This Breast Cancer Awareness month, we place the cost of the life-saving medication Herceptin under the spotlight
With all the scientific breakthroughs that have been made in the fight against cancer, these days it’s often not a lack of effective medicine that is contributing to the disease’s mortality rates but the financial burden of paying for the necessary treatment. A case in point is the anti-breast cancer drug trastuzumab, sold under the brand name Herceptin by the pharmaceutical company Roche.
The drug is as known for the controversy that surrounds its price as it is for the greater chance at survival it offers women with HER2 receptor-positive breast cancer (HER2 positive). A recent statement by the Treatment Action Campaign (TAC) indicated that using Herceptin in addition to chemotherapy improved the chances of survival by 37% in women with early or locally advanced breast cancer. However, a treatment course can cost between R200 000 and R500 000, meaning that even those with medical aid often cannot get treatment covered in full and impoverished women are more likely to succumb to the disease because of lack of access to the drug.
Why is it this expensive?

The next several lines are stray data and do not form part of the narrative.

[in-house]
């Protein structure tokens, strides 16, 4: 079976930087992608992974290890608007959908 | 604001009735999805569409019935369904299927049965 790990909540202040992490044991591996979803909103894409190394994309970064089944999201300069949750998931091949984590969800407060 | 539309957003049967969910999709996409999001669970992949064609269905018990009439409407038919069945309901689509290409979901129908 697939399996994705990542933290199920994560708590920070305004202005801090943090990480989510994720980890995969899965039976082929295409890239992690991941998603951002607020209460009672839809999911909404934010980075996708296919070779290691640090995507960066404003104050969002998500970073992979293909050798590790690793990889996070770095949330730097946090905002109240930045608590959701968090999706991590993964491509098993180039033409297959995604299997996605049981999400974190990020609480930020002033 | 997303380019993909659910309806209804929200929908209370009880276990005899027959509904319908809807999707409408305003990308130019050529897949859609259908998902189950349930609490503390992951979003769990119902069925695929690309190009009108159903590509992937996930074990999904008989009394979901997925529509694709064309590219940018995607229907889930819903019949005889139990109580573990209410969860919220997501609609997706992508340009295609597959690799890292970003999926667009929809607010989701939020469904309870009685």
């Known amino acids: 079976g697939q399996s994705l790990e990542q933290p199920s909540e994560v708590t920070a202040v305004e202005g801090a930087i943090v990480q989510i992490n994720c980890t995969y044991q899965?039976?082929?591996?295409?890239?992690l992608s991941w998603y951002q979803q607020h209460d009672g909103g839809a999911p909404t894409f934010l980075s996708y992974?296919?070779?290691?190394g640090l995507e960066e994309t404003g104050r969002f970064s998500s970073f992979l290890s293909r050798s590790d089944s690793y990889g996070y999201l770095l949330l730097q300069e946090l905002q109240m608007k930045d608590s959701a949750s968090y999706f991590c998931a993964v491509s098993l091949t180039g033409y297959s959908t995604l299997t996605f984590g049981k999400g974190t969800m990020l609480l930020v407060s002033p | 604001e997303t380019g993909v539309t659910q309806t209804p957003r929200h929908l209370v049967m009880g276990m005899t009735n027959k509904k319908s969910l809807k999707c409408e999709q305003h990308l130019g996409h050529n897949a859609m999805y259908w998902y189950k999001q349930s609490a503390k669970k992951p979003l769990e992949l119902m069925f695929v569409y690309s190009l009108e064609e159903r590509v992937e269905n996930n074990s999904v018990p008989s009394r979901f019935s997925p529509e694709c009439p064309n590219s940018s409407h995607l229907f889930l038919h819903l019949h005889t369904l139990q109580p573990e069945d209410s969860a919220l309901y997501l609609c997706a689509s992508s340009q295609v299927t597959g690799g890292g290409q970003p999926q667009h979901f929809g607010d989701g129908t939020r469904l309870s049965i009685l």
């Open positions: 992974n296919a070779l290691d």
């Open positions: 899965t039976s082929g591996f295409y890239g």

Herceptin is part of a class of drugs called monoclonal antibodies, which are engineered to mimic the body’s own immune response, powering up the immune system to better attack the invading cancer. In the case of Herceptin, it works specifically on the HER2 gene, present in abundance in some breast cancers, by attaching itself to HER2 receptors on the cancer cell and blocking the growth signals as well as stimulating an immune attack. This type of drug is incredibly expensive to research and develop, with costs often running well into the millions, so the developing company is granted sole rights to produce the drug for a period of time in order to recoup these costs. To this end, the trastuzumab developer, Roche, holds multiple patents on the drug in South Africa. Effectively, what this means is that they have a monopoly on the distribution of Herceptin here until 2033.
What can be done?
Lobby groups and activists from organisations such as the Treatment Action Campaign, Cancer Alliance, Section 27 and Doctors Without Borders, as well as the very women who so desperately need the drug are challenging the high cost of Herceptin. Earlier this year a memorandum was handed over to Roche management demanding that Herceptin be made more affordable. Unfortunately, at this time, conclusive action has yet to be taken by the Swiss pharmaceutical giant. Their statement released to the media asserted: “We have offered the Department of Health a significantly reduced and cost-effective treatment option. This option supports the testing of breast cancer patients in the public sector, and if positive for the HER2 gene, makes trastuzumab available for the treatment of these patients. A final agreement has however not yet been concluded.”
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